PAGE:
Why Do Republicans Hate Mike Pence?

Or Do They Just Love Trump?

House Republican leader Rep. Kevin McCarthy referred to the impeachment of President Trump as “a calculated coup.” His colleague, Rep. Jody Hice tweeted that it was a “premeditated coup.” Joining in was Will Chamberlain, a lawyer and the Editor-in-Chief of Human Events, whose tweet called it “an aristocratic coup” because several witnesses and Rep. Adam Schiff all went to Harvard. And during the impeachment inquiry in the House, Republican Rep. Brad Wenstrup, a member of the House Intelligence Committee, addressed witnesses Fiona Hill and David Holmes by calling the inquiry a “publicly announced and proclaimed Democrat coup.”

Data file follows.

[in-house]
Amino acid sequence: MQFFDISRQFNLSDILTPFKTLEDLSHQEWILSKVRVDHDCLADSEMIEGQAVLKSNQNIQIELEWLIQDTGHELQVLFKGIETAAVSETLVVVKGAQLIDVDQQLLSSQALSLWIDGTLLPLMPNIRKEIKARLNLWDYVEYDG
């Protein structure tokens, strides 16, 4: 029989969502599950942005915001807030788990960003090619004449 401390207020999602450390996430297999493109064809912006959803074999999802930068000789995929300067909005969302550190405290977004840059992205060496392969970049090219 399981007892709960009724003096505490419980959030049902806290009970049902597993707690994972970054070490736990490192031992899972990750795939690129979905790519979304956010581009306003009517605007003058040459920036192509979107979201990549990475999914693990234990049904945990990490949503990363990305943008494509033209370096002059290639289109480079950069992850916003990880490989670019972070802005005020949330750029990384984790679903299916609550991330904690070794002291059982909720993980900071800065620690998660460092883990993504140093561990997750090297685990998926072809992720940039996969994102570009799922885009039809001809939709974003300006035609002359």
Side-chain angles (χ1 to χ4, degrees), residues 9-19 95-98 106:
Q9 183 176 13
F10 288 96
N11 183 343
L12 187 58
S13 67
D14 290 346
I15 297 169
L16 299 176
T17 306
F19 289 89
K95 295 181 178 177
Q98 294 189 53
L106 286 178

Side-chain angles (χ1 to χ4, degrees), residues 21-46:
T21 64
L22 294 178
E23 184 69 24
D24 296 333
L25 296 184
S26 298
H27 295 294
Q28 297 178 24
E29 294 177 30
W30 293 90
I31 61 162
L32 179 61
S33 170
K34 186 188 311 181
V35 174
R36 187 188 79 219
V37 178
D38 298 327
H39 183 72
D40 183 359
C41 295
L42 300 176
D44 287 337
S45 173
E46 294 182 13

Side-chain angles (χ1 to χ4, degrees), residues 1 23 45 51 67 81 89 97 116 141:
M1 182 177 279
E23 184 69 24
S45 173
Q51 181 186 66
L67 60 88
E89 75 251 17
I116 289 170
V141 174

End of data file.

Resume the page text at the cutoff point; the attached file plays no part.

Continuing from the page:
Even Donald Trump himself described his impeachment as “an attempted coup.”

Calling impeachment a coup is a rhetorical tactic. It must be, because otherwise it lacks all sense. As defined by the Oxford English Dictionary, a coup is “a sudden, violent, and illegal seizure of power from a government.”

Was it “sudden”? Despite the Republican complaint that this impeachment happened too quickly, Democrats followed all the legal procedures. Was it too fast? Well, it was faster than the Clinton impeachment but slower than Andrew Johnson’s.

Was it “violent”? No. Was it “illegal?” No. Impeachment is specified as a congressional power within the Constitution. Is it a “seizure of power”? This is where the focus of any claim of a coup must lie. Directly stated: Impeachment is not a seizure of power; it’s an exercise of power. To think differently is to ignore logic, meaning, and evidence.